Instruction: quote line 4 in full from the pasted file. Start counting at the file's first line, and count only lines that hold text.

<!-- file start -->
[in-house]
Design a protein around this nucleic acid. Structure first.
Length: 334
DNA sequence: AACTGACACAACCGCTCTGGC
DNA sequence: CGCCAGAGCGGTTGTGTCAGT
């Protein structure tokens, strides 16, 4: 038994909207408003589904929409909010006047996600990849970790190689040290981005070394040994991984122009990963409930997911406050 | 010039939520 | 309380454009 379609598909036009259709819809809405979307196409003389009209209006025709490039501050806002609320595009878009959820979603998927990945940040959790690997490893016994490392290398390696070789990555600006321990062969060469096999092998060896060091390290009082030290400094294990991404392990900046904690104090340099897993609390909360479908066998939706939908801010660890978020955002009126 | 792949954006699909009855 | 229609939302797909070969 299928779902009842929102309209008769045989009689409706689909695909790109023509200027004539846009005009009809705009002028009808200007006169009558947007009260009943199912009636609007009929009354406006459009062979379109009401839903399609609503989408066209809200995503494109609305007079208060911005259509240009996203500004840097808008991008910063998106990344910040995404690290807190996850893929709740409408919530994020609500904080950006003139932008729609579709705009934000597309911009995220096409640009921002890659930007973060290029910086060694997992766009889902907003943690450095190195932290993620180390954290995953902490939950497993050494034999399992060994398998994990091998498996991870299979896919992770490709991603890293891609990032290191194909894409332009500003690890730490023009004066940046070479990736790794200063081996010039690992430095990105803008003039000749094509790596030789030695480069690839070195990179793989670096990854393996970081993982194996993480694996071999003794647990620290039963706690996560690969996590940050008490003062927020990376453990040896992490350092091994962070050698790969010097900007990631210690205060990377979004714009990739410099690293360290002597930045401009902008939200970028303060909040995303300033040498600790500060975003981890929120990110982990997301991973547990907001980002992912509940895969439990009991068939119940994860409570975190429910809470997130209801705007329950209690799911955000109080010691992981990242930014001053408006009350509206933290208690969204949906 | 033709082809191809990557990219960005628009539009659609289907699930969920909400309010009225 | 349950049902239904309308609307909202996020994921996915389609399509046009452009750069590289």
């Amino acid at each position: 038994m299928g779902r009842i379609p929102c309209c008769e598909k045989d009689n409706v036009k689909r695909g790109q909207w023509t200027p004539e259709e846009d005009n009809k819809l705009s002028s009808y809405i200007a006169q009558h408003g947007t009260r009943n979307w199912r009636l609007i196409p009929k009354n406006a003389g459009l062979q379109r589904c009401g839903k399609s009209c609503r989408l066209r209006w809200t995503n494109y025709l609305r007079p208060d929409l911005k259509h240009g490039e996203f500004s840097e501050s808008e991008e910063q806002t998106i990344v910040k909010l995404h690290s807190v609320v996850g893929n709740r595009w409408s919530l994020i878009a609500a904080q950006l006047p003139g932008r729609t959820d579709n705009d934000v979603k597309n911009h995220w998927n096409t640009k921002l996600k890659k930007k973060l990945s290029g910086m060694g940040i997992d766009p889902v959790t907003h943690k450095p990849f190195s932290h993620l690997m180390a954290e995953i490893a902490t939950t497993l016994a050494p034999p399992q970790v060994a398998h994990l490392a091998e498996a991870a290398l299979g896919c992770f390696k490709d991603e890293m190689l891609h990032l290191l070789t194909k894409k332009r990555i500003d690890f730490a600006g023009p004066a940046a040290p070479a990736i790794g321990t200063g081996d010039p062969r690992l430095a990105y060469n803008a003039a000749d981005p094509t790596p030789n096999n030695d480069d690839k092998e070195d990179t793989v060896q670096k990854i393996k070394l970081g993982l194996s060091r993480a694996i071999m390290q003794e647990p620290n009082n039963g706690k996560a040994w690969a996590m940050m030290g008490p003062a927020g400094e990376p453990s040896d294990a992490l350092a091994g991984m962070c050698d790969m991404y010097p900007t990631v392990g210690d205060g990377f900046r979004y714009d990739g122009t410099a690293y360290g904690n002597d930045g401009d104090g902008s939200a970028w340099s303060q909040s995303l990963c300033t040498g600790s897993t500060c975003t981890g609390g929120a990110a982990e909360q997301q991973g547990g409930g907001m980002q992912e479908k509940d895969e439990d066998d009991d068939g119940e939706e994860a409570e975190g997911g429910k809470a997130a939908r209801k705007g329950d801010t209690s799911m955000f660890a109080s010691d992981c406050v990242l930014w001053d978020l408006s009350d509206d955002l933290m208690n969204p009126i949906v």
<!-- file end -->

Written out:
DNA sequence: AACTGACACAACCGCTCTGGC